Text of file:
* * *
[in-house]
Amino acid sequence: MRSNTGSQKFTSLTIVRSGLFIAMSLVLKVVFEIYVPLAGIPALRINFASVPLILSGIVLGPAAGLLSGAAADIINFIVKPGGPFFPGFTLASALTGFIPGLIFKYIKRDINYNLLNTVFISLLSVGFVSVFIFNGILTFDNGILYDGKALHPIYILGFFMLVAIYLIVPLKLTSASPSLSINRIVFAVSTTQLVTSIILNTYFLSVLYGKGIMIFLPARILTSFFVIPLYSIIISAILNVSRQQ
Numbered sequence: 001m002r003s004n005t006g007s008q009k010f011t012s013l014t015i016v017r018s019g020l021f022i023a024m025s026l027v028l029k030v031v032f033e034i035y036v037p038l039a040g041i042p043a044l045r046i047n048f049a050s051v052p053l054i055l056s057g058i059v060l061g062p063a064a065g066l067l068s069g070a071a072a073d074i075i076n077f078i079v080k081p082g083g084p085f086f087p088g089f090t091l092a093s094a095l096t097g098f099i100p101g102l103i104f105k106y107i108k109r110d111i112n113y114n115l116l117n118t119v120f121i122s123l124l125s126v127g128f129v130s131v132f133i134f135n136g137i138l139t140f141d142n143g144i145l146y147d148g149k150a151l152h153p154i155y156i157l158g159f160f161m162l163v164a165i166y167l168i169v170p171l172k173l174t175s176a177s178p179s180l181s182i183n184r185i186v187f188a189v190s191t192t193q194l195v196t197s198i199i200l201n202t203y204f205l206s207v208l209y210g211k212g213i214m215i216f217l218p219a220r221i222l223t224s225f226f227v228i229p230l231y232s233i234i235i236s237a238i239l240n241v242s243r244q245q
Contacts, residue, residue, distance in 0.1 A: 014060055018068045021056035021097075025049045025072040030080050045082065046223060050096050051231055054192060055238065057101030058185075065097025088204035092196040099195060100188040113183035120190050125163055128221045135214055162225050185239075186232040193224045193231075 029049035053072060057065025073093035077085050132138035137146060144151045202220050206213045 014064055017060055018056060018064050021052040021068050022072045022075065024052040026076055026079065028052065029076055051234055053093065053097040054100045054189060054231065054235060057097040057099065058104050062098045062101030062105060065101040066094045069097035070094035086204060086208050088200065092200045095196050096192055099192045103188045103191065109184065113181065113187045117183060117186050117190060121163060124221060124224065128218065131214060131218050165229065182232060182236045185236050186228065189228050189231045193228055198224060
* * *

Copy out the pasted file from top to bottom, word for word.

[in-house]
Amino acid sequence: MRSNTGSQKFTSLTIVRSGLFIAMSLVLKVVFEIYVPLAGIPALRINFASVPLILSGIVLGPAAGLLSGAAADIINFIVKPGGPFFPGFTLASALTGFIPGLIFKYIKRDINYNLLNTVFISLLSVGFVSVFIFNGILTFDNGILYDGKALHPIYILGFFMLVAIYLIVPLKLTSASPSLSINRIVFAVSTTQLVTSIILNTYFLSVLYGKGIMIFLPARILTSFFVIPLYSIIISAILNVSRQQ
Numbered sequence: 001m002r003s004n005t006g007s008q009k010f011t012s013l014t015i016v017r018s019g020l021f022i023a024m025s026l027v028l029k030v031v032f033e034i035y036v037p038l039a040g041i042p043a044l045r046i047n048f049a050s051v052p053l054i055l056s057g058i059v060l061g062p063a064a065g066l067l068s069g070a071a072a073d074i075i076n077f078i079v080k081p082g083g084p085f086f087p088g089f090t091l092a093s094a095l096t097g098f099i100p101g102l103i104f105k106y107i108k109r110d111i112n113y114n115l116l117n118t119v120f121i122s123l124l125s126v127g128f129v130s131v132f133i134f135n136g137i138l139t140f141d142n143g144i145l146y147d148g149k150a151l152h153p154i155y156i157l158g159f160f161m162l163v164a165i166y167l168i169v170p171l172k173l174t175s176a177s178p179s180l181s182i183n184r185i186v187f188a189v190s191t192t193q194l195v196t197s198i199i200l201n202t203y204f205l206s207v208l209y210g211k212g213i214m215i216f217l218p219a220r221i222l223t224s225f226f227v228i229p230l231y232s233i234i235i236s237a238i239l240n241v242s243r244q245q
Contacts, residue, residue, distance in 0.1 A: 014060055018068045021056035021097075025049045025072040030080050045082065046223060050096050051231055054192060055238065057101030058185075065097025088204035092196040099195060100188040113183035120190050125163055128221045135214055162225050185239075186232040193224045193231075 029049035053072060057065025073093035077085050132138035137146060144151045202220050206213045 014064055017060055018056060018064050021052040021068050022072045022075065024052040026076055026079065028052065029076055051234055053093065053097040054100045054189060054231065054235060057097040057099065058104050062098045062101030062105060065101040066094045069097035070094035086204060086208050088200065092200045095196050096192055099192045103188045103191065109184065113181065113187045117183060117186050117190060121163060124221060124224065128218065131214060131218050165229065182232060182236045185236050186228065189228050189231045193228055198224060